In 1754 Saint Joasaph of Belgorod made one of his frequent journeys through his bishopric. In the city of Izyum he paid great attention to the main church. Upon entering the church, he immediately looked with amazement at a large icon of the Mother of God standing in the corner of the narthex, behind which the altar boys shook out charcoal from the censer. Getting down on his knees before the icon, the saint exclaimed: “O Heavenly Queen, forgive the negligence of Thy unworthy servitors!” Then, turning to the eldest priest, he said: “Why is this icon not put in a better place? God’s special grace rests upon this icon. It is a sign of the Holy Virgin’s particular intercession for us here and for our entire country.” Then St. Joasaph ordered the icon to be placed in the left-hand choir, and came daily to pray before it. There was a very special reason for such an order.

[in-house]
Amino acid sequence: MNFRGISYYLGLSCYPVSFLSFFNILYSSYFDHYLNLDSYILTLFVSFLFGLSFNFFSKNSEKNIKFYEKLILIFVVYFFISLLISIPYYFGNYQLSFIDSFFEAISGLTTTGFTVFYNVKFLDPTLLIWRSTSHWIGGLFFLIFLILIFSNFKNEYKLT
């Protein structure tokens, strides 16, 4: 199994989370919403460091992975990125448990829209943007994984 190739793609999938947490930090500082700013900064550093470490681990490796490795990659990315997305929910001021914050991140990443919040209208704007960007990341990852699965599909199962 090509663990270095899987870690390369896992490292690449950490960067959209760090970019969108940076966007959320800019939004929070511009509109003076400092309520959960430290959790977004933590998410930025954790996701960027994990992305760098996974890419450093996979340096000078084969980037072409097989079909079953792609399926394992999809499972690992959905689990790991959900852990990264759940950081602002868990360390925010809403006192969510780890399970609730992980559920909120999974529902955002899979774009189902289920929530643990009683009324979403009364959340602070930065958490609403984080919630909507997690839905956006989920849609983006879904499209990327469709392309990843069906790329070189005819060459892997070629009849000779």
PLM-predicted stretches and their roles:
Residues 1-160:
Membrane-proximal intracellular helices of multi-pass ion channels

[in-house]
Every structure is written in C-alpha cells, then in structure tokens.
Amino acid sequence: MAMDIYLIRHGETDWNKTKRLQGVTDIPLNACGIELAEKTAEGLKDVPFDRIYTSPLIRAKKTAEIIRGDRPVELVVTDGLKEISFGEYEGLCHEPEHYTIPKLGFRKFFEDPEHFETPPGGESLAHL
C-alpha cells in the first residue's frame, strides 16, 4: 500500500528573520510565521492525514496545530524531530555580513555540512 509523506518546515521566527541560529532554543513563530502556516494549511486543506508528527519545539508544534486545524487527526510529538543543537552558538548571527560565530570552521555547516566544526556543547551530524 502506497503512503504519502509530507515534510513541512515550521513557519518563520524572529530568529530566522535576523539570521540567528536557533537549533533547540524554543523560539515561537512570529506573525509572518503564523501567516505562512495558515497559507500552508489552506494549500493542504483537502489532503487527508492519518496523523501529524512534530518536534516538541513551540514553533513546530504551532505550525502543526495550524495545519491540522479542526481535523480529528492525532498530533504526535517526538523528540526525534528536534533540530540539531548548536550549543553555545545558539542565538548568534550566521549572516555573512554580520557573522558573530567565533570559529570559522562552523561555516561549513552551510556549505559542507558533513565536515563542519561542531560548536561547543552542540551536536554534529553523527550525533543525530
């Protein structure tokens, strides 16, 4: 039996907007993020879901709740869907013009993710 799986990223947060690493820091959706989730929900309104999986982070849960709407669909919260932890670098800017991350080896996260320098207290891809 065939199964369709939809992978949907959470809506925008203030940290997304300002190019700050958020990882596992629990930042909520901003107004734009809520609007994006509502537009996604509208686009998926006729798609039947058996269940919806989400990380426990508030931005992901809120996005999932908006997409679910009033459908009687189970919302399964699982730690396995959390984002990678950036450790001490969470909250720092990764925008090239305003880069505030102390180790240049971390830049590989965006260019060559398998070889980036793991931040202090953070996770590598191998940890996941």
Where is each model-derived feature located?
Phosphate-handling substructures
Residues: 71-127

When St. Joasaph was on the point of departing from Belgorod, he saw in his dreams a certain church and in it, on a pile of rubbish, an icon of the Mother of God. The icon shone with a radiant light and a voice said: “Look at what the priests of this church have done with My image! My icon is intended to be a source of grace for the entire land, while they have thrown it on a pile of rubbish.” Astounded by such a dream, St. Joasaph examined each church in the course of his travels, checking whether it matched the one seen in the dream. When he entered the above-mentioned church and saw the icon which he had seen in his dream, he ordered everything to be done as described above. The Theotokos did not delay in showing Her favor: the icon, called the Peschan Mother of God, soon began to produce many miracles and attract many pilgrims from all over Russia.